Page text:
The indemnity in clause 8.3 covers the beneficiaries of the indemnity against any claim that is brought against them as a result of the use of the Results or other materials provided by the indemnified party. The rationale for this is that the party undertaking the exploitation of the Results takes the commercial risks associated with its use of the IP.
The members of the consortium should consider whether if a member of the consortium knowingly infringes third party IP, it should indemnify the other members against the consequences. If the members of the consortium decide to adopt this suggestion the following should clause be added:
Each party (‘the Indemnifying Party’) will indemnify each of the other parties and keep them fully and effectively indemnified, against each and every claim made against them as a result of the Indemnifying Party’s knowing infringement of any third party’s IP, provided that any party claiming the benefit of this indemnity must:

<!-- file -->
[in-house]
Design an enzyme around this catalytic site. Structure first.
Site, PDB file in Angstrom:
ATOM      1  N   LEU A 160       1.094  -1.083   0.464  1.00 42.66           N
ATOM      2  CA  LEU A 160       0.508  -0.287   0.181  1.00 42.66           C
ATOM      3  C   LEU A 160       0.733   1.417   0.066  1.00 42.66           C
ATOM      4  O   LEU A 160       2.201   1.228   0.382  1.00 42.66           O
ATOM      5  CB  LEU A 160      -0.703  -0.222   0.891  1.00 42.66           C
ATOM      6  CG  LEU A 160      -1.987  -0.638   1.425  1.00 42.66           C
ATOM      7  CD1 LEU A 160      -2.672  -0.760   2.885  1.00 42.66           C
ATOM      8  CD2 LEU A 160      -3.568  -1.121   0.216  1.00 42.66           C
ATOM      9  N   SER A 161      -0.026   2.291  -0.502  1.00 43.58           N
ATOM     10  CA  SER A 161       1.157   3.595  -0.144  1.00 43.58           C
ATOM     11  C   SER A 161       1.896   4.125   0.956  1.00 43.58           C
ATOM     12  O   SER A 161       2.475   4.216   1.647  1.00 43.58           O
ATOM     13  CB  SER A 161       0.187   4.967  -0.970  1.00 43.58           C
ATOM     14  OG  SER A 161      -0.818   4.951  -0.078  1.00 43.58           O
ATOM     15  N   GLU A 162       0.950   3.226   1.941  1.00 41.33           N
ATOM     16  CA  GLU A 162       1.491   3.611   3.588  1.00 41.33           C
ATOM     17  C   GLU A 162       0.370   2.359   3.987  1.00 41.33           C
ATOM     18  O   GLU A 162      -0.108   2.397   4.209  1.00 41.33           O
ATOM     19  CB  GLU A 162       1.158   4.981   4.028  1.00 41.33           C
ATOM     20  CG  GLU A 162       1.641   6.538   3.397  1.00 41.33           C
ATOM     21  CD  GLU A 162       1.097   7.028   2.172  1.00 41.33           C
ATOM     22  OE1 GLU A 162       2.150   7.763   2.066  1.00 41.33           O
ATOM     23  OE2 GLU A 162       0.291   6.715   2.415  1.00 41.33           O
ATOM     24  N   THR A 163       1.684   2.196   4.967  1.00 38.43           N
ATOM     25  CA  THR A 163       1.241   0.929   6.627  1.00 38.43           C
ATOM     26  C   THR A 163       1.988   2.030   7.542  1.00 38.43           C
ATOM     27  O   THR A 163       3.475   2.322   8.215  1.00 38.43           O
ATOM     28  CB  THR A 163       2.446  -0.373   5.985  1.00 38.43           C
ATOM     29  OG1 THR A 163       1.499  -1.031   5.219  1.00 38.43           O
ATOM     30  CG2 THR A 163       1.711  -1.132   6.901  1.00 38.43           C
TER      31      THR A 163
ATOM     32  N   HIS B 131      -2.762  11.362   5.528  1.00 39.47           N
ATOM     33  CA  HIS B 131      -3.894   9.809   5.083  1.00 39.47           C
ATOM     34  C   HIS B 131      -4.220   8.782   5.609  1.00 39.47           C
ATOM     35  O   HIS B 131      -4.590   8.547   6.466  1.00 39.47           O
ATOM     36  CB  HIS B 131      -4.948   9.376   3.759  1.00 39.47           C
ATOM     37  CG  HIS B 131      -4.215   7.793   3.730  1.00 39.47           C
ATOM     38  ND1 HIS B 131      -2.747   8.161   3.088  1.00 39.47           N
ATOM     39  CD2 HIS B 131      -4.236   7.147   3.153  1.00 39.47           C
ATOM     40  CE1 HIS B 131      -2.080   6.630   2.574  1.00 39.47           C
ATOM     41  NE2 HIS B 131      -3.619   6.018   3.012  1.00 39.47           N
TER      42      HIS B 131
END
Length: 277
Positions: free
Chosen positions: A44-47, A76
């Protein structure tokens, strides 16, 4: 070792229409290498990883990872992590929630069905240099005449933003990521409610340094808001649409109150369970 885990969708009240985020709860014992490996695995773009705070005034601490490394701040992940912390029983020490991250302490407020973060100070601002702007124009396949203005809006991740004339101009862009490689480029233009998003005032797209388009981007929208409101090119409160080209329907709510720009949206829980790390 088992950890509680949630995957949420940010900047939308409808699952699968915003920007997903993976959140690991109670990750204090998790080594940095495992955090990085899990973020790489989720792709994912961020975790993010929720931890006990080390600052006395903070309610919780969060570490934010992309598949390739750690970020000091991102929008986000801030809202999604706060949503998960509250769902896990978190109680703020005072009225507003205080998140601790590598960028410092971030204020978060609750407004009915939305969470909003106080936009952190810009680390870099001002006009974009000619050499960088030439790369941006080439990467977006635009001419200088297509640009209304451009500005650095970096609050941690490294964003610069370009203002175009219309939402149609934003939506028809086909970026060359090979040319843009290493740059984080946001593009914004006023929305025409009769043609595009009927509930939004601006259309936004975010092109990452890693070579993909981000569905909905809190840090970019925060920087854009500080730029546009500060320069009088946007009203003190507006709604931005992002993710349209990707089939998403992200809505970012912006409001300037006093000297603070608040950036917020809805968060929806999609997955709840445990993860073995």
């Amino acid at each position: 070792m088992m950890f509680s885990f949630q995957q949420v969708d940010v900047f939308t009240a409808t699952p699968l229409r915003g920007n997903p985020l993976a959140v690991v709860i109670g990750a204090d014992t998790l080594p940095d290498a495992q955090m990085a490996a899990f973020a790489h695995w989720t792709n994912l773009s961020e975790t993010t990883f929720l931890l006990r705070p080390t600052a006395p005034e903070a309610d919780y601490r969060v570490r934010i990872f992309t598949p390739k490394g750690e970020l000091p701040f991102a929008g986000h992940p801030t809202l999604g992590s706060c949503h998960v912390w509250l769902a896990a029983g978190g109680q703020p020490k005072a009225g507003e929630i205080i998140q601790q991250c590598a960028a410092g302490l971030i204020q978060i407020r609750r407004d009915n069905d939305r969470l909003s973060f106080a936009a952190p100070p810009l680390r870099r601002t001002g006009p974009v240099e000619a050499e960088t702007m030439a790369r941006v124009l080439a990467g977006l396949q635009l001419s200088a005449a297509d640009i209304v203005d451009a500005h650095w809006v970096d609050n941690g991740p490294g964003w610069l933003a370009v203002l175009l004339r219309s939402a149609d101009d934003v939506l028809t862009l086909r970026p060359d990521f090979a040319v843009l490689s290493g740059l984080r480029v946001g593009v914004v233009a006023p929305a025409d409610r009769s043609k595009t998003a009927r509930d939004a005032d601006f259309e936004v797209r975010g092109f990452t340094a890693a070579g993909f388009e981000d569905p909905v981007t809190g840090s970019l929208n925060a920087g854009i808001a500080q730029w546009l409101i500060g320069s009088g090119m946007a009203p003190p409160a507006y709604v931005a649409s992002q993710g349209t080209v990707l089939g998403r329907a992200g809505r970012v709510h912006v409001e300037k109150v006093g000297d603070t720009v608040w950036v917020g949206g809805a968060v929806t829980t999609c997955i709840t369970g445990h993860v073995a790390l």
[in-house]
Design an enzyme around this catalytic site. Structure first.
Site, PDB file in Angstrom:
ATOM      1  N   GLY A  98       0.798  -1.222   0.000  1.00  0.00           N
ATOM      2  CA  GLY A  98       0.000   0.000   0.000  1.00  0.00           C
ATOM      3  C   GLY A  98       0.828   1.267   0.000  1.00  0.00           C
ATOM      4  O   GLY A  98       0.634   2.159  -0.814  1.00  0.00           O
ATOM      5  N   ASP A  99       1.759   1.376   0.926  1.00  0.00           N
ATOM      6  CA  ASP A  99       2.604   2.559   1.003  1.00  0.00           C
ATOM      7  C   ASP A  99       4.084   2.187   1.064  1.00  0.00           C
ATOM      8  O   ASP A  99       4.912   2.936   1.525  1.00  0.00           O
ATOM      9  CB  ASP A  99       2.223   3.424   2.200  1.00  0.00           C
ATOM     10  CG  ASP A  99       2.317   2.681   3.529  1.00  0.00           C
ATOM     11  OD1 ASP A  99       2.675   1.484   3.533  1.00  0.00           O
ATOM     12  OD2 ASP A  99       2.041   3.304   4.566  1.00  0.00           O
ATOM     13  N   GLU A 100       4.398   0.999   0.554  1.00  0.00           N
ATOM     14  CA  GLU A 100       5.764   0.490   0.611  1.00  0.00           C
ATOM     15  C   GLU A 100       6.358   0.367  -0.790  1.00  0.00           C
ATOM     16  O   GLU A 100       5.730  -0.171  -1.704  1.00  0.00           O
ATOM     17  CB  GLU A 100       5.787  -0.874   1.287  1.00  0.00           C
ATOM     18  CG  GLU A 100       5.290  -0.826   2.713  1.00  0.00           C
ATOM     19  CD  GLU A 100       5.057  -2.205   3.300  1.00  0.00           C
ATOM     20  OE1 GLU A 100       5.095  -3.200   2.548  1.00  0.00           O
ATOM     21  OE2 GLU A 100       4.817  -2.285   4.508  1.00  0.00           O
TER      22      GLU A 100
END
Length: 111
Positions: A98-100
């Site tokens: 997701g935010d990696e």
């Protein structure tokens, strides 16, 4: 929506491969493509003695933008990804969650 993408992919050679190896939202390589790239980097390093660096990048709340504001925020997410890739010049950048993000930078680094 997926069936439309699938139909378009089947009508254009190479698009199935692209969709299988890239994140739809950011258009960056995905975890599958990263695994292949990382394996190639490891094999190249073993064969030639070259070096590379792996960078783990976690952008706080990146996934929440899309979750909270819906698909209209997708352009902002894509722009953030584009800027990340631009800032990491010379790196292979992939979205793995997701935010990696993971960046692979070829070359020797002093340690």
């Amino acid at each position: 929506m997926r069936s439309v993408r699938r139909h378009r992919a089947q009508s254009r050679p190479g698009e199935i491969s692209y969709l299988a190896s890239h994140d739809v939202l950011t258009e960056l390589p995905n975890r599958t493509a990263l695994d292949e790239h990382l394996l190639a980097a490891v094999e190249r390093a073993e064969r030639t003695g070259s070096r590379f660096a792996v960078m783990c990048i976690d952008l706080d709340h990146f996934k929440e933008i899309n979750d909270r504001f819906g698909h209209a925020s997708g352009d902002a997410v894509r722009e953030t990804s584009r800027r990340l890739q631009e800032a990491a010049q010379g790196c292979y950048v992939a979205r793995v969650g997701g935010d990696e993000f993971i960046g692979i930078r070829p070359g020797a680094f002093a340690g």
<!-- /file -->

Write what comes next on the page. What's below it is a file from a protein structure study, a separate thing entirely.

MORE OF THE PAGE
- X.X.1 promptly notify the indemnifying party of details of the claim
- X.X.2 not make any admission in relation to the claim
- X.X.3 allow the indemnifying party to have the conduct of the defence or settlement of the claim
- X.X.4 give the indemnifying party all reasonable assistance (at the indemnifying party’s expense) in dealing with the claim
And a reference to this new clause should be added to the opening words of clause 8.4.